The stiffness of the TVC-33 is excellent. When compared to similar top-end 3-series tripods, the RRS is the best, though the admittedly the differences are pretty small. The damping measure here is pretty poor though. This particular model TVC-33 is a pretty old model though, and all of the newer RRS tripods I have tested have had much better damping characteristics. I would expect any newly purchased TVC-33 II to damp very well. This lower amount of damping was a known issue with the early RRS tripods and telescope users, for whom the damping matters greatly, noticed the issue. At some point unknown to me, RRS improved the damping provided by the pad on the top plate, and the issue was resolved.
|Harmonic Mean Stiffness||2183.5|
|Yaw Stiffness||1509 +/- 4 Nm/rad|
|Pitch Stiffness||3949 +/- 8 Nm/rad|
|Yaw Damping||0.215 +/- 0.022 Js/rad|
|Pitch Damping||0.255 +/- 0.026 Js/rad|
The stiffness and damping data are the averages of 10 trials for each measurement. The reported error is the standard error, except in the case of the damping data. I have set the error in the damping at 10% as the standard error metric does not appropriately capture the error in fitting to the data. All of the reported specifications are measured, with the exception of the weight rating. The tripod is measured at full height, with the center column (if applicable) down.
TFC Version: I have not tested the 33 legs with the TFC ‘fixed’ apex, but I have made the comparison for other sets of RRS tripods. Here is what you should expect. When using the TFC apex vs. the TVC tested here, the stiffness should be roughly the same. The stiffness of a tripod is primarily determined by the strength of the legs, not the apex. However, you should expect significantly lower damping. The damping on a tripod such as this mostly comes from the rubber pad on the top plate. With the TFC version, you get no such pad, just bare aluminum surface. If you are using a set of gear with high damping requirements such as a long, heavy telephoto lens, definitely use the TVC version of the tripod.
The TFC apex also lowers the rotation point of the tripod, which is the point in space where all three legs come together. With the TVC, that point is about where the camera is when used with a ballhead. With the TFC, that point is within the ballhead itself. So again, when using heavier gear, use the TVC version.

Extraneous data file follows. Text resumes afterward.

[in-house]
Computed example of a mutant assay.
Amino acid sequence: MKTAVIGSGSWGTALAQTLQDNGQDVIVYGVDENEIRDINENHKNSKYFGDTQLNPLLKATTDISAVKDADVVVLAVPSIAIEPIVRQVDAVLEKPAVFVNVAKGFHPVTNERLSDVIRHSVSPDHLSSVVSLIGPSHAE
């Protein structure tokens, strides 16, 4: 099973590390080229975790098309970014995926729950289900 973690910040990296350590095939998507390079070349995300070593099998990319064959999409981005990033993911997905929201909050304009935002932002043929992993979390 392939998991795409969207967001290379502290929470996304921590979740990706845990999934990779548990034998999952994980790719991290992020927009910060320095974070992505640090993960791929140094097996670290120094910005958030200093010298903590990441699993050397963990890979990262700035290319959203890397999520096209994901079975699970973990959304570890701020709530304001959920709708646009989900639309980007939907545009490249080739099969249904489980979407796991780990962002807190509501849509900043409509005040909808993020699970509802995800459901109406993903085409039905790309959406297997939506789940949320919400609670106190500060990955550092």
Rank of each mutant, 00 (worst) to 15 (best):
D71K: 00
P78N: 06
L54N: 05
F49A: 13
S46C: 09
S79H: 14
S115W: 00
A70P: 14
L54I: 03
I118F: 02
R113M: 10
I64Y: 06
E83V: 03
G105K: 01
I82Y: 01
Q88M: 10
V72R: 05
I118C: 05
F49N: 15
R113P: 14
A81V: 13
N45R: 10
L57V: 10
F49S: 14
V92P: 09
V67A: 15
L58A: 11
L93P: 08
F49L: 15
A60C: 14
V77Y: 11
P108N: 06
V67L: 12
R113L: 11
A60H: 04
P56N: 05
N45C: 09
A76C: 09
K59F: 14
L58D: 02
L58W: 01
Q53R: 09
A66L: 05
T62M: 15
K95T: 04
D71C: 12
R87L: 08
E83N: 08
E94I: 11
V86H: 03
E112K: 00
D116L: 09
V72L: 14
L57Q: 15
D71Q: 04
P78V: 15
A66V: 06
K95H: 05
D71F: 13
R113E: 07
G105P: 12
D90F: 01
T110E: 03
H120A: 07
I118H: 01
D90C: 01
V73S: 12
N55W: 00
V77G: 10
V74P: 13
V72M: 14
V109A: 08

I don’t normally test the stiffness vs. height for tripods, but happened to do so for the TVC-33 as part of my investigation into the topic.
For full context on understanding this graph, see the full post series here.
Recommended Gear Limit
The exact gear limit is highly dependent on the external conditions such as wind, and technique, such as the use of a cable release. Under perfectly still conditions using perfect technique, sharp images can be obtained using any tripod. Developing a consistent and broadly applicable set of guidelines for what kind of gear a given tripod can reasonably support is still a work in progress on this site.
The RRS-TVC-33 should be a reasonable support for just about any commonly used photographic gear. If you are using the largest telephoto lenses on rigid mounts, you may appreciate going to a larger, stiffer set of legs. If you are using those telephotos on a gimbal, the TVC-33 will provide plenty of stability.
Example Test Data
The following data is example raw data from the stiffness and damping measurements. The relevant information with regards to the tripod performance is entirely contained within the stiffness and damping figures presented above. The plots below are solely present so that the tested stiffness and damping figures are believed. Each plot and the corresponding Fourier frequency space plot correspond to one of the ten trials done on each axis to obtain the test results. For a more in depth discussion on the meaning of these graphs, see the methodology section and the “understanding the test results” page.
This tripod acts as a near perfect resonator, as shown by the fourier plot.
Now for oscillation about a radial axis from the tripod’s apex:
The resonance is not nearly as perfect for the radial data, but its still quite good. This makes sense, as there is much more going on.